you can create a ‘story-map’.

Capturing the Day with a Story Map

Story_Map_5I want to remember that fun day kayaking out across the Bay, and all the wonderful creatures we saw – But I equally know that my memory is fallible!
So once home I doodle sketched the highlights.

If you want to see how to create a Story Map, click the link to read the follow up post to this 🙂

Kayak in the Mangroves

It was a gorgeous day, and I’m happy I don’t only rely upon my camera to remember it 🙂

How do you remember moments that you can’t photograph?

Do share in the comments below –

And if you’d like more in-depth instruction as to how to create your own story-maps?
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19 thoughts on “How Do You Capture Moments That Your Camera Misses?

  1. Oh you clever thing Linda! I adore that story map. And yes it’s so true that as soon as you have your camera at the ready those amazing things seem to stop happening. Looking forward to the follow-up how to post!

    • Pictorial story maps are such a useful tool to record your travels –
      Looking forward to showing you how I did this one in tomorrow’s post 🙂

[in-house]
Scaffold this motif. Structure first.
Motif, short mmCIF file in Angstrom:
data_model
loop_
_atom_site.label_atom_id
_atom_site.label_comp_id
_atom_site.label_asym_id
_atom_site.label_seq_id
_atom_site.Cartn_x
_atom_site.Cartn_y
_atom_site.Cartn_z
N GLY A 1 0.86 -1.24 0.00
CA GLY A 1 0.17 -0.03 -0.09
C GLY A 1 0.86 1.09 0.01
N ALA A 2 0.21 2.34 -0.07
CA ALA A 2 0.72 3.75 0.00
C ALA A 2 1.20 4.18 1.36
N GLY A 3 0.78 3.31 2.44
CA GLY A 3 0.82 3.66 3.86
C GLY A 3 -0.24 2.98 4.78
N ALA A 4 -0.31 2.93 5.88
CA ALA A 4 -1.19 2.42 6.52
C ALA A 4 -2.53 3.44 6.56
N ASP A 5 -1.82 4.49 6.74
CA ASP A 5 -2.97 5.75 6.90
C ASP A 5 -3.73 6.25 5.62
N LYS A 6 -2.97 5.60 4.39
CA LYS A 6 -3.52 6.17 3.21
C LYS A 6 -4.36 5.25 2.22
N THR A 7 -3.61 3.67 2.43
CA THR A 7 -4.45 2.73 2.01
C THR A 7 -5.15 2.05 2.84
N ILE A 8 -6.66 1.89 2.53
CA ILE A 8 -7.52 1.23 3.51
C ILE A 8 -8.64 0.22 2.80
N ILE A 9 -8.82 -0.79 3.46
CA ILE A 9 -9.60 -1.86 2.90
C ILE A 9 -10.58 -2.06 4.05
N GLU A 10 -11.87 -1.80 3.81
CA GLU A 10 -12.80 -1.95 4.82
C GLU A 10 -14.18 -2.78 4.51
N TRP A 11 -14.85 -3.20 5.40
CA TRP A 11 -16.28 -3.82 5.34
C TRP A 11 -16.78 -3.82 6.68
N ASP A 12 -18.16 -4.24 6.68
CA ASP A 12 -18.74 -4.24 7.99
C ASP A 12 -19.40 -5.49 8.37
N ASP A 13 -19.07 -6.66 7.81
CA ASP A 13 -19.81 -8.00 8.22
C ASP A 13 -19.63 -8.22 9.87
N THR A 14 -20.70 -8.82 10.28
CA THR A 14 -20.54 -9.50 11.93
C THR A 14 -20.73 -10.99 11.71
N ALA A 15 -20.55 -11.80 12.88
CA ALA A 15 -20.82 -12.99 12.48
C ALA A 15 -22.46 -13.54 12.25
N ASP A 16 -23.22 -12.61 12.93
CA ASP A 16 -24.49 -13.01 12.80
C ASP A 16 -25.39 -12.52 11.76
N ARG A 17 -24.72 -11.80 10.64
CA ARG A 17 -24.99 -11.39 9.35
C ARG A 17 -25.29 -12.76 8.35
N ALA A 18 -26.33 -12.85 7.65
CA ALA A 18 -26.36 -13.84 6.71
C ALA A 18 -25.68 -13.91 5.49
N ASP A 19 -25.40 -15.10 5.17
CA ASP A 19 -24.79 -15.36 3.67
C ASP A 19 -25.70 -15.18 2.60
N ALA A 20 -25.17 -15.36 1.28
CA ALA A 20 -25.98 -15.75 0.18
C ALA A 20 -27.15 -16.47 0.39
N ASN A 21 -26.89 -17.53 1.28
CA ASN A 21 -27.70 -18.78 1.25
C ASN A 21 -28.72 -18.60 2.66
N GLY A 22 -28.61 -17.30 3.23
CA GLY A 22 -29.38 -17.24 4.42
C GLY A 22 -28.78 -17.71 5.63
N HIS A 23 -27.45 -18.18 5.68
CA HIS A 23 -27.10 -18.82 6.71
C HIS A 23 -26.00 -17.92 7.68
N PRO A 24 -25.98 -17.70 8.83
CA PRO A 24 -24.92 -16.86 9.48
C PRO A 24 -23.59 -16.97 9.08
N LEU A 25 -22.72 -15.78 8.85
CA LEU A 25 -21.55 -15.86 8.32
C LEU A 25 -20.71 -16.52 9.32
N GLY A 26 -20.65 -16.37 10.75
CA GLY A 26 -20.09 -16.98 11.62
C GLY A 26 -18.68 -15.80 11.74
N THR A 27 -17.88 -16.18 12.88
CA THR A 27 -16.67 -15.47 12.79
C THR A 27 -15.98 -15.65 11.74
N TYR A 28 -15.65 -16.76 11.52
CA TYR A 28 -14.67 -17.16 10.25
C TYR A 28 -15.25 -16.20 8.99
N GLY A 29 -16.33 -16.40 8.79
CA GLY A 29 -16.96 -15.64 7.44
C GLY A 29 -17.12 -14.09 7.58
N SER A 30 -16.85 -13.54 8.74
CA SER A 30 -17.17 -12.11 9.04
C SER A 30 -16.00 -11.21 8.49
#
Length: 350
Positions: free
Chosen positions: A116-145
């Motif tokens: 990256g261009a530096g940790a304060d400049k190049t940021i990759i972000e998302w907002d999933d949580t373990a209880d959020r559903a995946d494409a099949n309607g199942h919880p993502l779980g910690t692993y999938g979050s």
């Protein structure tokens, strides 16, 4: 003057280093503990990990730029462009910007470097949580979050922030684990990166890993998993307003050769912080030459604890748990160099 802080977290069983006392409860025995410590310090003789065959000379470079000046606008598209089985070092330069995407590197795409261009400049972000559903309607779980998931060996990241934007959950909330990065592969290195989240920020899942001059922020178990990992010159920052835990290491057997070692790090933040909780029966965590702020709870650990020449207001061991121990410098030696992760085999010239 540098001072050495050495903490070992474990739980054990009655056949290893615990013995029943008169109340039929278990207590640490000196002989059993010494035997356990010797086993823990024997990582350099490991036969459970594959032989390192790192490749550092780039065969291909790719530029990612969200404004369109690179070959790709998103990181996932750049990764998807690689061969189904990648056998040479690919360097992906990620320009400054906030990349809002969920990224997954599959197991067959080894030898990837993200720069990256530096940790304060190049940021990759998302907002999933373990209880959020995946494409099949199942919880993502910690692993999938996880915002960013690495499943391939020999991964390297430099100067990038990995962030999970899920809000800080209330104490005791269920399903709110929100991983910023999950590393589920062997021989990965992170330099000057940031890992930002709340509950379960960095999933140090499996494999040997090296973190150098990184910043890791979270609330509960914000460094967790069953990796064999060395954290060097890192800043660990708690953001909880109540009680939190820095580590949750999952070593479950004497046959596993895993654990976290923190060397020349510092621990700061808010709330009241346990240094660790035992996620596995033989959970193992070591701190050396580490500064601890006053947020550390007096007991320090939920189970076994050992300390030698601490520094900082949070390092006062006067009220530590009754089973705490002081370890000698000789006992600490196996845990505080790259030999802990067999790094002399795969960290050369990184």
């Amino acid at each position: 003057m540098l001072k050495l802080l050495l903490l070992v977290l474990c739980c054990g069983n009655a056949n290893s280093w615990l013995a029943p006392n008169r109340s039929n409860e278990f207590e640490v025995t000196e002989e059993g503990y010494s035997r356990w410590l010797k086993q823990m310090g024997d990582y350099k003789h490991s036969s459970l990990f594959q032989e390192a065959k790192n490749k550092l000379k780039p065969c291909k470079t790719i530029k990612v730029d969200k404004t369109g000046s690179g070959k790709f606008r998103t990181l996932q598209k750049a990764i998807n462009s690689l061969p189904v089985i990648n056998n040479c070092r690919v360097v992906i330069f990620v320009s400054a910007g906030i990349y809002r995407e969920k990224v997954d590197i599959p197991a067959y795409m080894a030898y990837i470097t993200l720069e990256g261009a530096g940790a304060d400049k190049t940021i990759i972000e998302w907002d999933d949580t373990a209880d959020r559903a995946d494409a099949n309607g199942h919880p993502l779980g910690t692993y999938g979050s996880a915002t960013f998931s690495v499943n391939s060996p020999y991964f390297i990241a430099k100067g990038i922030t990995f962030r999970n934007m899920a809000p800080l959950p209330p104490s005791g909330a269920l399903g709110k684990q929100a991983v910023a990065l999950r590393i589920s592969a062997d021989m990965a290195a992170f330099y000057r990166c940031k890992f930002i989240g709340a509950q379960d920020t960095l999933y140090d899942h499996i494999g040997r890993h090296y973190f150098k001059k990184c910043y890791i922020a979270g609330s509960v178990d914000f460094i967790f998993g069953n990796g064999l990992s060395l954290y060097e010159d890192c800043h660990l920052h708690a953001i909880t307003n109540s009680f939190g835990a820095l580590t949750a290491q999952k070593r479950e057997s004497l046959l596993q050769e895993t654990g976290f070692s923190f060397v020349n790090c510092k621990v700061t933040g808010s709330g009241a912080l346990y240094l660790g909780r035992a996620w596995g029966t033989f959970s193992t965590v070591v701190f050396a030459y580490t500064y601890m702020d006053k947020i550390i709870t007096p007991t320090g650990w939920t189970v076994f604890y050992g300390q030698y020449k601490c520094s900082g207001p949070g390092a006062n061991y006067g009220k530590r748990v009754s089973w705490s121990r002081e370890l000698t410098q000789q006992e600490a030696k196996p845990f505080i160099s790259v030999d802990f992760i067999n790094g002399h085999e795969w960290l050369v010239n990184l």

2. I LOVED THIS! Ironically, I was just speaking with a friend yesterday about how as photographers we are often focused on “just the right shot” and miss what is happening! But… we want the photos as a recording of the time. What to do?
    I am not artistic like you , but certainly loved your map idea. Did you use watercolors? You are such a talent. Thank you for sharing!

    • Hi Suzanne ~
      I know exactly what you mean about being so busy lining up shots you end up living the event through the lens instead of being in the moment 🙁
      I’ve recently been trying the practice of doing a little sketch to force me to stop, observe and absorb my surrounding through all of my senses for just half an hour – Its been proven snapping and running does not help you remember, whereas truly looking and observing does!

      Story maps happily don’t require any “artistic” skills – I’ve just put up the post on How to Create the Story Map above 😉

  3. Hi Linda,

    Gosh it sound like an exciting trip and the photos you did get are gorgeous. I like to write and keep a diary but I know a lot of the details you’ve mentioned here would probably be forgotten.

    You have a way with words as well as with a paintbrush though. I’d love to create a story map like yours but not sure how it would turn out since I credit myself with zero artistic ability. A class or course would be great and I’d love to send my kids along to one too.

    Look forward to the next post. x A
    Annabel Candy, Get In the Hot Spot recently posted..How to Master Your Money and Gain Freedom to TravelMy Profile

    • Hi Annabel ~
      Oh ye of little faith – “zero artistic ability” – my foot!
      I’ve just put up the follow up post How to Create the Story Map above –